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« What to do when things aren't working at your startup | Main | Female Founders: What the numbers mean and what they don't »

Connecting the Sellers of NYC's Salesperson Community

What's easier to hire for in NYC?   Developers or salespeople?

Well, let's see...  if hiring is a function of the top of the funnel--the number of leads you get, you have to imagine that at least finding larger pockets of those people is helpful to the process.

There are two meetups of Ruby devs that total over 3,000 people in NYC.  There's an iOS developer meetup that hosts over 4,000--and two more than have more than 1,000 each.  

In terms of companies, the average NYC founder can name a bunch of places off the top of my head that have over 50 engineers--Google, MLB, Gilt, Spotify, Foursquare, Etsy, Mongo, Appnexus, Shutterstock, Yodle, Meetup, Squarespace, Quirky, Shapeways, Stack Exchange, Refinery29, Aereo, Smartling, Tapad, Taboola, Yext, all the agencies, all the banks, etc, etc.  

Ok, so who has over 50 salespeople?

Who are the top sales leaders in NYC?  It feels like the revenue engines of NYC are pretty under the radar compared to the teams that write the code.  Is it me, or are the top CTOs in NYC much more of a startup household name than the folks at the top of the sales organizations?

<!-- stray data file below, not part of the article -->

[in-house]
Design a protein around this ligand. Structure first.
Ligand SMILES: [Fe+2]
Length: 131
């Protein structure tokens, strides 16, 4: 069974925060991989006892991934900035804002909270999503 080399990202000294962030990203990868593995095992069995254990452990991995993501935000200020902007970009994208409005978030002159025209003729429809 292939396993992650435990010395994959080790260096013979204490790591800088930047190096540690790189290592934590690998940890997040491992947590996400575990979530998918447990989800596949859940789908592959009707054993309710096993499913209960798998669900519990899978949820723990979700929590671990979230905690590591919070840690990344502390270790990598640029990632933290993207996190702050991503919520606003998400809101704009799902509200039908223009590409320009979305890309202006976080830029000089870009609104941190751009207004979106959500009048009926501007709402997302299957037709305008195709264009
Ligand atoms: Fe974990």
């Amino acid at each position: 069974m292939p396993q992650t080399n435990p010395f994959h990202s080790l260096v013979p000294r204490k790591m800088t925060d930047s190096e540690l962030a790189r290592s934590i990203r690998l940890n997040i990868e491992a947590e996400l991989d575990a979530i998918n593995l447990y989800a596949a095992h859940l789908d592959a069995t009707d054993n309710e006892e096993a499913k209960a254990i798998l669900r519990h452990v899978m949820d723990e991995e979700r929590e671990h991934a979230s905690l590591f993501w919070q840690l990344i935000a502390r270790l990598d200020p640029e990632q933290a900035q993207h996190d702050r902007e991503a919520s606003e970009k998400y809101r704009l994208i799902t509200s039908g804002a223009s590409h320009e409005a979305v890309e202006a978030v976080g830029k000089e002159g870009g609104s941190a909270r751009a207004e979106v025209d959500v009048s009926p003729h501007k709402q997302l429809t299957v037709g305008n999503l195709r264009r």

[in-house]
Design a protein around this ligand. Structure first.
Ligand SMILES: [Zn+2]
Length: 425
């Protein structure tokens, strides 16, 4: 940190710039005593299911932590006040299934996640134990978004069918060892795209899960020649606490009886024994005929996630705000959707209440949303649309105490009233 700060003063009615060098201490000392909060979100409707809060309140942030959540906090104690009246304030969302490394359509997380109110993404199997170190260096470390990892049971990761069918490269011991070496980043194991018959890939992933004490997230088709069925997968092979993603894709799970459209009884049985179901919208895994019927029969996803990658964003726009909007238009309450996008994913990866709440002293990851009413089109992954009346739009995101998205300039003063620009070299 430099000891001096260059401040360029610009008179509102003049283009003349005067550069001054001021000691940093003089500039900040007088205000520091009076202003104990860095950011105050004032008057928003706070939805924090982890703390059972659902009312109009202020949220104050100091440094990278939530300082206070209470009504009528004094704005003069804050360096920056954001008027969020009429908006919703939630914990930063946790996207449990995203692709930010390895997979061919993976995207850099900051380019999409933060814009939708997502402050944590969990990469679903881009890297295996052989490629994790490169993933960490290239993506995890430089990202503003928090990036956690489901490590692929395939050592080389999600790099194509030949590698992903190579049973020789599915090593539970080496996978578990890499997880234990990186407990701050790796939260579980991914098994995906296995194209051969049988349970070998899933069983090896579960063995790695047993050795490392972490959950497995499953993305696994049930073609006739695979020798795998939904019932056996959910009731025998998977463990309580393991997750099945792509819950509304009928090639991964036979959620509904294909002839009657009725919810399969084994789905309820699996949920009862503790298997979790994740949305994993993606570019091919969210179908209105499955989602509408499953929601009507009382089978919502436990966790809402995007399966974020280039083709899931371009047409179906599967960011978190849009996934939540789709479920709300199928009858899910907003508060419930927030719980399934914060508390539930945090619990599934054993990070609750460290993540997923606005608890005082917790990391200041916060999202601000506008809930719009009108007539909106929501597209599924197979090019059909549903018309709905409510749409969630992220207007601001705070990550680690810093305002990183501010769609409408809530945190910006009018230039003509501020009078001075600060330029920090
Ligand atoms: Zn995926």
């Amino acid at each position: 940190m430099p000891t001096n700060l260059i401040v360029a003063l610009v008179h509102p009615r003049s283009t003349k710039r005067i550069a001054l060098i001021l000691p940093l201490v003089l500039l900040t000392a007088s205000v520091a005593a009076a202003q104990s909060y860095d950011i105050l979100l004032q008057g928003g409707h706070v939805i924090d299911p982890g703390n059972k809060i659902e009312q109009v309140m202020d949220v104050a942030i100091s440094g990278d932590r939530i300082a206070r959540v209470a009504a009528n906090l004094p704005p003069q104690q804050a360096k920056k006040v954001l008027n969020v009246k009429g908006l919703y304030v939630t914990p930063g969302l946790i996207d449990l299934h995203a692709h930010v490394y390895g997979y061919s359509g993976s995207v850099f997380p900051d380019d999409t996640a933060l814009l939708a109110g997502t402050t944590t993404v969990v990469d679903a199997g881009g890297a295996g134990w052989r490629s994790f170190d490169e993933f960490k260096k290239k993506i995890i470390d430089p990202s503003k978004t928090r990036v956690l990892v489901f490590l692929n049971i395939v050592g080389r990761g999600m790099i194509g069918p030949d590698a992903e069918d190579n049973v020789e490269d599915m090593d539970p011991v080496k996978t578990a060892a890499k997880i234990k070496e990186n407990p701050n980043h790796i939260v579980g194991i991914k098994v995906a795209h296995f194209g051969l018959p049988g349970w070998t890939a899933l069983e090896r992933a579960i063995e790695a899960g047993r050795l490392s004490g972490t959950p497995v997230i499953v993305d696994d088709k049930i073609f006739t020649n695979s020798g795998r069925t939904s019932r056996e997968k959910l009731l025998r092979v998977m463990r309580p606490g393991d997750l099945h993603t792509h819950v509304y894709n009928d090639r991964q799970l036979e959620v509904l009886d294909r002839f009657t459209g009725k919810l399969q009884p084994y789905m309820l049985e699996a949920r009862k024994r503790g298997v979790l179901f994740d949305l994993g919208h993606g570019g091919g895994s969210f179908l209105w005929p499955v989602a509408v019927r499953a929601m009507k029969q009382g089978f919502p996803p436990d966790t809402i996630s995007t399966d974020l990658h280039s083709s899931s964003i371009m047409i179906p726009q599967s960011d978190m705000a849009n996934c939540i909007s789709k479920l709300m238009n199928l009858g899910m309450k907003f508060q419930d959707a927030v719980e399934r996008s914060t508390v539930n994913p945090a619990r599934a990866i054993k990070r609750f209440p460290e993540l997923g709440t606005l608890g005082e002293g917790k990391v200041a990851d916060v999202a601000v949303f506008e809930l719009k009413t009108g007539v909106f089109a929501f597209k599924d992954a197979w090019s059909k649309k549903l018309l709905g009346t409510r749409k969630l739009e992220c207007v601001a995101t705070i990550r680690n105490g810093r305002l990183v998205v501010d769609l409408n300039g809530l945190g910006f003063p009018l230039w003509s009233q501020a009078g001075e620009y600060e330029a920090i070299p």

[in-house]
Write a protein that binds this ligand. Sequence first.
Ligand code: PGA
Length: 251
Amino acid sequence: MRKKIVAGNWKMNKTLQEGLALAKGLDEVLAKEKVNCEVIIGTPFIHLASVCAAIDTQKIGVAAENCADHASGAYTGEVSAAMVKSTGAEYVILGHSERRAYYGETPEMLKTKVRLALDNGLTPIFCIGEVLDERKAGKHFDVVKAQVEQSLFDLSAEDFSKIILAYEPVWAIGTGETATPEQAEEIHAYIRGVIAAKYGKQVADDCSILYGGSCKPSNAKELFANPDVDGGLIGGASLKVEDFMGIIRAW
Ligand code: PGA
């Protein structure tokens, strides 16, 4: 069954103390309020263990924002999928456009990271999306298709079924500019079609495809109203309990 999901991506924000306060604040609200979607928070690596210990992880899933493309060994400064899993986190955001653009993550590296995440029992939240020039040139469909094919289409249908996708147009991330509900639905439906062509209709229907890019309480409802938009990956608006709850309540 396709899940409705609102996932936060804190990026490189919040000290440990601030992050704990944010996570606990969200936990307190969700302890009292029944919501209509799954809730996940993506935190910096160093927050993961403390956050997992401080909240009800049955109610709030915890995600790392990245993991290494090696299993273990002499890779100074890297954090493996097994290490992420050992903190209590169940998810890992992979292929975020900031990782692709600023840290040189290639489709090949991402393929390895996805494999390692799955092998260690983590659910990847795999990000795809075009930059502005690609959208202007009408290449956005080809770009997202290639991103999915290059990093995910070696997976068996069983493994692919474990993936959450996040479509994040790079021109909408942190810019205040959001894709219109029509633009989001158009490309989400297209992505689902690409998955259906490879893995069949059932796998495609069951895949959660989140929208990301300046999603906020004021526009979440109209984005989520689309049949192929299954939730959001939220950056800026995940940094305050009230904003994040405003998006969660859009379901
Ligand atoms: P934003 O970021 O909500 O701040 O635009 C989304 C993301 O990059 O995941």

And I thought NYC was supposed to be all about salespeople and not developers?  So where are they?

There are a few burgeoning groups out there that are starting to take shape--but they're quite small in comparison to the size of the overall population of salespeople.  Why?  If anything, there's just as much turnover in sales orgs, if not more--so wouldn't salespeople want to connect with others to check out new opportunities.

And sales is changing a lot.  The number of tools available to sales groups has skyrocketed--so keeping up with best practices seems more of a challenge than over.

It can't be a time thing.  Don't tell me time is money, because the average developer is putting in just as many sheer hours as anyone in the organization, but they still find a way to interact with the community.  Plus, sales teams aren't all about hours--they're about the productivity of their hours.  If anyone knows about how to leverage knowledge and tactics into better output, they do--so I'd assume they'd understand something learned is something gained later on.

So why is the community of salespeople so fragmented compared to engineering, design, founders, or VCs?

On Monday, I've got a best practices event going with top sales folks from H.Bloom, Offerpop and JW Player and it's something I'd love to discuss with the sales professionals in attendance.  Hope to see you there.  

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